Cole still passionate about musicWritten by Vicki L. Kroll | | email@example.com
Music and family are intertwined for Paula Cole.
“I was just this natural canary and I loved singing. And my dad made music on many instruments; he made it fun in the home,” she recalled. “So we were harmonizing as a family; it was a living art form, and that allowed me to fly.”
On her new disc “Raven,” the singer-songwriter’s powerful, passionate voice soars.
She penned the opening track, “Life Goes On,” for her father.
“It took 15 years to get the courage to release this song. I wrote this in the late ’90s, and he was the first to hear it,” Cole said. “It’s a reflection of our relationship of all of the dynamics, from the early volcanic years to softer, gentler years where he becomes a kind, gentle, older man. And I think that’s kind of the universal path if men are on the right path.”
Words from her grandmother led to “Strong Beautiful Woman.”
“I grew up in Rockport, Massachusetts, kind of quintessential small town New England, and [my grandma] is in that song because I used to run down the hill to her house, and she gave me very smart, sassy life advice, and that was something she’d say to me,” Cole said.
“It’s even become a little mantra for me now to my girlfriends; I’ll say, ‘You’re a strong beautiful woman/ Don’t let the world let you down/ Look within yourself and remember who you are.’ ’
Cole’s mother contributed, too.
“She resuscitated ‘Manitoba’ from, I don’t know, just from decomposing somewhere,” she said and laughed. “She had it on cassette tape. She had wrapped it so wonderfully, archiving it as a mother would — acid-free paper on cassette in her bank vault drawer. Isn’t that sweet?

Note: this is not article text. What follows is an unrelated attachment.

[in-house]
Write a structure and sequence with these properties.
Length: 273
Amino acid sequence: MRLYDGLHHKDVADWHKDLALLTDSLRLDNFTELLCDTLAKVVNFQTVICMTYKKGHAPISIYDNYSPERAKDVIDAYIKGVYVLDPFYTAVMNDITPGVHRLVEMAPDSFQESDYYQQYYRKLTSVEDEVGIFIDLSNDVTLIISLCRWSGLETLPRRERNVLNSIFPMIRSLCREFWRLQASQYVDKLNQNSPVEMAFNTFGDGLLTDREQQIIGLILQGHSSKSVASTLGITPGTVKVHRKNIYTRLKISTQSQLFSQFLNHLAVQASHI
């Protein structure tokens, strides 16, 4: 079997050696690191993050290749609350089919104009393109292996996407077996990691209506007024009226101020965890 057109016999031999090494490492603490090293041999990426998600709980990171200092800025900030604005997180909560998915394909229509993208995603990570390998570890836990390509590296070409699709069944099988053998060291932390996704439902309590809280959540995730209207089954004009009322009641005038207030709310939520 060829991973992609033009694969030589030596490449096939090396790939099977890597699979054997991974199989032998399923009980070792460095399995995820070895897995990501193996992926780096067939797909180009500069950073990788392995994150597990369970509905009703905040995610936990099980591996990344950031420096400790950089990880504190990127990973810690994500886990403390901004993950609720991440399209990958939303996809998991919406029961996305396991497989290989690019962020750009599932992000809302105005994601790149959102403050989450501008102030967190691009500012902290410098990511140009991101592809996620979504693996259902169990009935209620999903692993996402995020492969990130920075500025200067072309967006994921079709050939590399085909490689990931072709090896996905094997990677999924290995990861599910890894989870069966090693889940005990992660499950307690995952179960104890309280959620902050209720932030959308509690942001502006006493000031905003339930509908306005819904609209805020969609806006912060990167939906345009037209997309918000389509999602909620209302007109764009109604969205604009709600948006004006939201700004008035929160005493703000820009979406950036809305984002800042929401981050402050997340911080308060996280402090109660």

“I was gathering songs for ‘Raven’ and she said, ‘I think I have an old demo cassette.’ So I had to find a boom box, of course, to listen to it and that took a minute, and I found ‘Manitoba’ and it was so different from anything else. Now it’s become a showstopper in our live set.”
Fans — Cole’s extended family — made “Raven” possible. More than 900 contributed more than $75,000 in just over a month through Kickstarter.
“It was daunting to have to go forward and ask,” she said during a call from her home in Beverly, Mass. “My fans were there for me — I had 150 percent of my ask. What this allowed me to do was not only cover my cost but set up a small home label so that I would not have to even approach a major label for licensing.”
That made the Grammy Award winner happy.
“I want to own my pie because it is a smaller pie; it’s not the ’90s pie, it’s not pre-digital distribution pie, it’s post-digital. We make less income on music. My career is humbler after my hiatus,” she said.
“This Fire,” Cole’s 1996 disc, burned up the charts with “I Don’t Want to Wait” and “Where Have All the Cowboys Gone?”
“I had a big kick in the pants with life, you know, in my 30s and that’s when I disappeared, really, on an eight-year hiatus when I had my daughter and then she had asthma, a bad marriage — it just took time to extract myself, for her to grow up and be healthy, and for me to be able to work again,” the artist said.
That strong, emotional voice was welcome back with “Courage” in 2007, “Ithaca” in 2010 and “Raven” in April.
Cole will take the stage at 8 p.m. Oct. 19 at the Ark in Ann Arbor. Tickets are $25. Doors open at 7:30 p.m.
“It’s taken me years to be in a comfortable place on stage where I am prefacing the songs with stories. [Audience members] ask me questions; we talk. I meet with fans after shows; to me, that’s act two, that’s equally important as the show itself.”